“Speaking of food,” Jack said. “I don’t think any of us has eaten since yesterday. How about stopping at that Burger King just outside of Hinesville. I think a couple of Whoppers and fries might help us all forget about losing our friends.”
            “I already thought about that.” BB handed Jack a large bag from McDonalds. “I didn’t know what yall liked, so I got a little bit of everything.” He smiled. “We have a long way to go and stopping when your pictures have been plastered all over the TV news is going to be dangerous.”
            “Thanks sheriff!” Jack discovered he was ravishingly hungry as he handed out the burgers.
An hour later they were headed south on Interstate ninety-five. Jack, Janet and all three children were asleep, good thing or they might have noticed the change in direction. Sheriff Buford Jackson smiled and began to sing softly as he sped-up to pass a slow moving semi just north of The Florida border. It sounded like the song from the Gold Diggers musical from the 1930’s. We’re in the money. We've got a lot of what it takes to get along!

Jack opened his eyes just as they pulled into the gravel parking-lot of a bar in Miami called Toro Magnifico. His head was swimming through a swirling fog. “What the hell! I’ve been drugged,” he gasped. “What was in those hamburgers”
            “Just a little something to help you sleep,” Sheriff Jackson said as he opened his door. Three Cuban looking men in dark suits appeared to be waiting for them. They surrounded the car.
            “I told you I like nice things,” BB went on. “I got myself in a bit of a jam spending from the Appling County police fund. Rico Alfaro …”   He gestured toward a fat Latino waddling toward them from the bar entrance. “…offered to loan me enough to get past the last two state audits, now he wants paid in full.”
            “Do everything they say,” The sheriff whispered. “These guys make Harry Walton and his gang look like choir boys.”
            “Veo que entrega las palomas,” Rico said. “Are you sure they have the ticket?”
Sheriff Jackson opened the back door to his Cadillac and dragged a semi-conscious Janet out. He thrust flabby fingers down her blouse, lingering longer than necessary and then pulled out the card.
            “You’re a good looking woman with a great figure,” the sheriff told her as he slapped her behind. “You don’t need any padding.”
Rico smiled as the sheriff handed him the ticket. “Volaremos le todo a Atlanta mañana in my private plane,” he told Jack. “Hacer todo lo que digo … and there might be something in it for you … like your lives!”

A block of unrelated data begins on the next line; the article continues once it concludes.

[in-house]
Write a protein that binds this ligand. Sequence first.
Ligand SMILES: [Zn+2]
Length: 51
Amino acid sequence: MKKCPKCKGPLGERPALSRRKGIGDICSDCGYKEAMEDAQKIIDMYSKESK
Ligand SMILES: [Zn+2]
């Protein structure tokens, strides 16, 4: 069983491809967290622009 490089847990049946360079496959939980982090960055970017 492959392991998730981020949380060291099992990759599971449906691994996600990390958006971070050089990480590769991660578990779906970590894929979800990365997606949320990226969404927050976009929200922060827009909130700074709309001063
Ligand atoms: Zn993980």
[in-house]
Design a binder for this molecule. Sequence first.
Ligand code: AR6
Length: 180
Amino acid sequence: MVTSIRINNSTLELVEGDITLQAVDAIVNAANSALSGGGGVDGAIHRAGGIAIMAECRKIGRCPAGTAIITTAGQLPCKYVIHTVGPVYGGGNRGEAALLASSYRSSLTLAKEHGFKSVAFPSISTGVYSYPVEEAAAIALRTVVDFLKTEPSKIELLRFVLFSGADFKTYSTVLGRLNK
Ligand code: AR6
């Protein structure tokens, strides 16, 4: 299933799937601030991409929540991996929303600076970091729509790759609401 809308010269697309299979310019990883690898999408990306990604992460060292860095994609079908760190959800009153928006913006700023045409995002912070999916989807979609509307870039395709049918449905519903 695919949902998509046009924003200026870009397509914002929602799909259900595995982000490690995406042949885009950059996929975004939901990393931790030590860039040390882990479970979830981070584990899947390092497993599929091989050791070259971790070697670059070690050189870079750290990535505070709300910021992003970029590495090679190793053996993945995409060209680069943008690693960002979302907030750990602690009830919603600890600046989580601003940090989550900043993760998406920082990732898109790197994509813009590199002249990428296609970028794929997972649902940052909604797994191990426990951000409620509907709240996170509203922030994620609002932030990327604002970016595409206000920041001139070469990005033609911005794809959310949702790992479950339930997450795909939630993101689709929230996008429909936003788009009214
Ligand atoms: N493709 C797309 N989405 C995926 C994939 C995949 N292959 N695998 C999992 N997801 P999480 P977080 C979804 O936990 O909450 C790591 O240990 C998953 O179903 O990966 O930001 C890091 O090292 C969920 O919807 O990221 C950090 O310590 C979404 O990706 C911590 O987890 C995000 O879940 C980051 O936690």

Janet was still groggy, Jack helped her as they were pushed toward the back entrance of the bar. Kit Kat was sleeping soundly in Janet’s arms but Sally and Mick each walked beside their father holding one of his hands. “Is this what’s it’s like to be rich?” Sally asked as she stared at a flashing neon sign above the main bar entrance showing a naked woman riding a bull.
            “I hope not,” Jack told her. “If it is, I’ll never buy another lottery ticket again.”
Ten minutes later the Reynolds family found themselves locked in a tiny back room without windows. A mattress that smelled of sweat, urine and sex was on the cement floor. The bar was obviously packed with mostly Latinos. Loud music with Spanish lyrics played almost constantly. Just before two AM, two loud blasts that sounded like gunshots made all three children wake up and begin to cry. The music stopped and a minute later the noisy sounds began to diminish.
            “Thank God,” Janet said. “Now maybe we can get some sleep.”
They heard the door being unlocked and then it burst open. Two men dragged a bleeding corpse into the room and flung it into the corner. “Sorry, but the boss said to put this stiff in here until we figure out what he wants done with it,” one man said.
Janet buried her face in Jack’s arms and began to cry. “I can’t take this anymore,” she sobbed. “How can this night possibly get any worse?”
Her question was answered ten minutes later when the door opened again. Four men stood there. One with a jagged scar that ran across his nose from cheek to cheek was smiling. “El Jefe promise us a little something extra nice after we disposed of his body.” Two of the men grabbed the corpse and dragged it from the room; the other two grabbed Janet. “Hay un montón de putas latinas en este lugar … but none of them moan like the white women do.”
Jack tried to pry their hands off his wife. O ne of them punched him to the floor and then kicked him repeatedly. “Ser agradecido no es su hija (Just be thankful it’s not your daughter),” he said pointing to the children on the mattress.
            “We’re going for a ride on a very expensive yacht,” the one leading Janet away whispered in her ear. His hand was sliding up the back of her legs. “I know you will like the way the ocean waves makes the water-bed rock.” All four men laughed. “We all do,” he said. “Todos nosotros lo!”

To be continued …